As we hit the height of summer in North America, more and more people are traveling. Airports are feeling the strain with increased reports of crowds, waits and general confusion.
That’s why our No. 1 travel tip for patients is this, from Deirdre Smith, CSL Behring’s Associate Director for Medical Information:
Keep your prescription medicine with you in a carry-on bag. Do not pack it in your checked bags.
This is nothing new but especially important if you encounter flight delays and lost luggage, Smith said.
Always check the prescribing information to see what the recommended storage temperature is, she said. Storage temps vary but be especially attentive with infusion therapies. These “biologics” are generally delivered intravenously or subcutaneously and contain proteins that make the medicine effective. If the medicines get too hot or too cold for too long, they might not work as well as they should.
Once you hand off checked bags, too many things could go wrong.
“If your luggage gets lost, you have no idea what kind of temps that bag has been exposed to and a replacement won’t be made available by the company or covered by insurance,” said Smith.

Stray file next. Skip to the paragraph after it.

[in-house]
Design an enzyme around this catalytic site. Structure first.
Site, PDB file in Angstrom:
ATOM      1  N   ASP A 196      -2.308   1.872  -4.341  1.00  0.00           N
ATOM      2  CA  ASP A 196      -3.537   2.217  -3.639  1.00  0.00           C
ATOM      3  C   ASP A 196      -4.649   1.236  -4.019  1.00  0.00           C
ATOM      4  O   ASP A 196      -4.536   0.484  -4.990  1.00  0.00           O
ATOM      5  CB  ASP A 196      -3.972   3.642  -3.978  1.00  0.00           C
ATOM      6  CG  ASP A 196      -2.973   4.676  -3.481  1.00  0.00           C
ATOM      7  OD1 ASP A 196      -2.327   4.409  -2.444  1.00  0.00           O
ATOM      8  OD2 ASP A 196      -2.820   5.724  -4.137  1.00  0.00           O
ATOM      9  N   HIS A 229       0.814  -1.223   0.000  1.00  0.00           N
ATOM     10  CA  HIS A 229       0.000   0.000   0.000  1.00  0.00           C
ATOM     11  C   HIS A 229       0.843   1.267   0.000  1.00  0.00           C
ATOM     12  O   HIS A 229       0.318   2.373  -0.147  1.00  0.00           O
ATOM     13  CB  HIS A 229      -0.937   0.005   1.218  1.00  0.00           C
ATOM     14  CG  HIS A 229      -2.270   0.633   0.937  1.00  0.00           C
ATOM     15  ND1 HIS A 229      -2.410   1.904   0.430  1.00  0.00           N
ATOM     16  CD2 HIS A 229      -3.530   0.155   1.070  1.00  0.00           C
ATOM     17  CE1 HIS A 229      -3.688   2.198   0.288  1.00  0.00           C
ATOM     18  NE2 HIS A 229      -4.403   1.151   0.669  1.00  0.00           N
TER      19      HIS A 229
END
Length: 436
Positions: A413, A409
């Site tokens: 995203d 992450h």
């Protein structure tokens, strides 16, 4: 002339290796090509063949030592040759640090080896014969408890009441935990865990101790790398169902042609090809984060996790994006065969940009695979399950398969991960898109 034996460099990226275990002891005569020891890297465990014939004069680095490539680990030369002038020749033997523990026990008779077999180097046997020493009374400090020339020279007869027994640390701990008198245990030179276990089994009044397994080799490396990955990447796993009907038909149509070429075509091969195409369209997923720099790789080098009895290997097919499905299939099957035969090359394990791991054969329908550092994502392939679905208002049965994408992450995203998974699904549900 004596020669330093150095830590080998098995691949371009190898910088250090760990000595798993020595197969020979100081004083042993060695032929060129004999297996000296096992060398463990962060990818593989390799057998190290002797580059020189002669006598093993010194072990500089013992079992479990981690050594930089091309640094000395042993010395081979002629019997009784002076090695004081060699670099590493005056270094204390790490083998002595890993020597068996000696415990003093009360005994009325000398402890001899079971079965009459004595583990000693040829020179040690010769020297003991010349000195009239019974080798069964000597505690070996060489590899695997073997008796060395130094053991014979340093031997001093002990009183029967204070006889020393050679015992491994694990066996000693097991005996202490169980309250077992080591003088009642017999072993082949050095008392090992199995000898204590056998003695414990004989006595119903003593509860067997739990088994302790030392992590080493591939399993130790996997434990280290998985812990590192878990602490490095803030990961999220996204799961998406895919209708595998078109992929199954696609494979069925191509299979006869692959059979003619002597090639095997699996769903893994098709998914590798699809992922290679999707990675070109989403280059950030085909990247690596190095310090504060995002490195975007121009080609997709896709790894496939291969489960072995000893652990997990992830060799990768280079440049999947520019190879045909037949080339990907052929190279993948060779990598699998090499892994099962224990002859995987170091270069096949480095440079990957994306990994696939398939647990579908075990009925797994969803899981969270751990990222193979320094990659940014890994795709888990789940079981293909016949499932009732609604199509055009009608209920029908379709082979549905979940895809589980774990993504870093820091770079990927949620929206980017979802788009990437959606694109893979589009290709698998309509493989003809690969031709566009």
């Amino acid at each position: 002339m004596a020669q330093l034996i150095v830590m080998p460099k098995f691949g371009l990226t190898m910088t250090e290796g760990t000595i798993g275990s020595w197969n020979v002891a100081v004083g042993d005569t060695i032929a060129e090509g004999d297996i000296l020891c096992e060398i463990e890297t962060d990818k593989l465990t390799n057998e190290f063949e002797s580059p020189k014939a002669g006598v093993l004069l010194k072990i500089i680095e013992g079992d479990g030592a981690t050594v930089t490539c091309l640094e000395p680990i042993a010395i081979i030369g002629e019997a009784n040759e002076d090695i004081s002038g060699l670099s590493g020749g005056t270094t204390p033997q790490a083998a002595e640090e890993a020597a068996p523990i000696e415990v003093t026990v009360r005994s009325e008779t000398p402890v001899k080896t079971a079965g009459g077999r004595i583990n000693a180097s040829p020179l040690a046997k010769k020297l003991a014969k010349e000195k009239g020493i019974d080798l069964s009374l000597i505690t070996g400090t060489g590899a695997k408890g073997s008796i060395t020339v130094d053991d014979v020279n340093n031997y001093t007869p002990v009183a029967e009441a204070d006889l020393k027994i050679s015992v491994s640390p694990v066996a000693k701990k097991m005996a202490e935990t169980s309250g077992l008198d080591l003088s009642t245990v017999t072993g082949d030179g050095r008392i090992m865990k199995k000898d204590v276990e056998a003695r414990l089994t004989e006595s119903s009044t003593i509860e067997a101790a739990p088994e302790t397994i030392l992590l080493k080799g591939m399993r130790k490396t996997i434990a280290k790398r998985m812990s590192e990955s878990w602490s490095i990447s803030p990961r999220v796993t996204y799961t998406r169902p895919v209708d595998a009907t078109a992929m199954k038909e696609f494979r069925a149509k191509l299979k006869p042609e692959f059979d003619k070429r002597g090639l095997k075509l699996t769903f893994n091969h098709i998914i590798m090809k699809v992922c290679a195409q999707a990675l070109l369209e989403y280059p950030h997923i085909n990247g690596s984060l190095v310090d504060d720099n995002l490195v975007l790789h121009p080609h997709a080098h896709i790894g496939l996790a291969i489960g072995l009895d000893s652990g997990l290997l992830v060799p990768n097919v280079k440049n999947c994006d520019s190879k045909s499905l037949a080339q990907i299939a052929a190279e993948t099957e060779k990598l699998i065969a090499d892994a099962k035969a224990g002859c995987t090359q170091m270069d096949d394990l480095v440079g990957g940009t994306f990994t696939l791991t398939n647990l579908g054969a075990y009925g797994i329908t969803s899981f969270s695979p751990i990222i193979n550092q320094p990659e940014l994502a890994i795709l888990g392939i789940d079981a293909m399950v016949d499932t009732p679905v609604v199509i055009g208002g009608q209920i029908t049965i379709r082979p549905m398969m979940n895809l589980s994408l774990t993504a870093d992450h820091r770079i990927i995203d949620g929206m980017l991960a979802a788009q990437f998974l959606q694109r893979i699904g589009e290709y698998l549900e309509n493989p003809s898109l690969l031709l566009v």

She recommends patients follow U.S. Transportation Security Administration guidance on traveling with medicines. More information is available at the TSA website.
Some of the same issues can arise when traveling by car, train or even cruise ship. Keep the medicine close by and at the right temperature so it doesn’t get too hot or too cold.
Lynne Doebber, a primary immunodeficiency patient and patient advocate, uses cooler bags like the kind you would pack a lunch in when she’s going on a road trip. Who knows how hot your parked car will get? One study found that cars heat up quickly in the sun – getting 20 degrees warmer than the ambient temperature in just 10 minutes.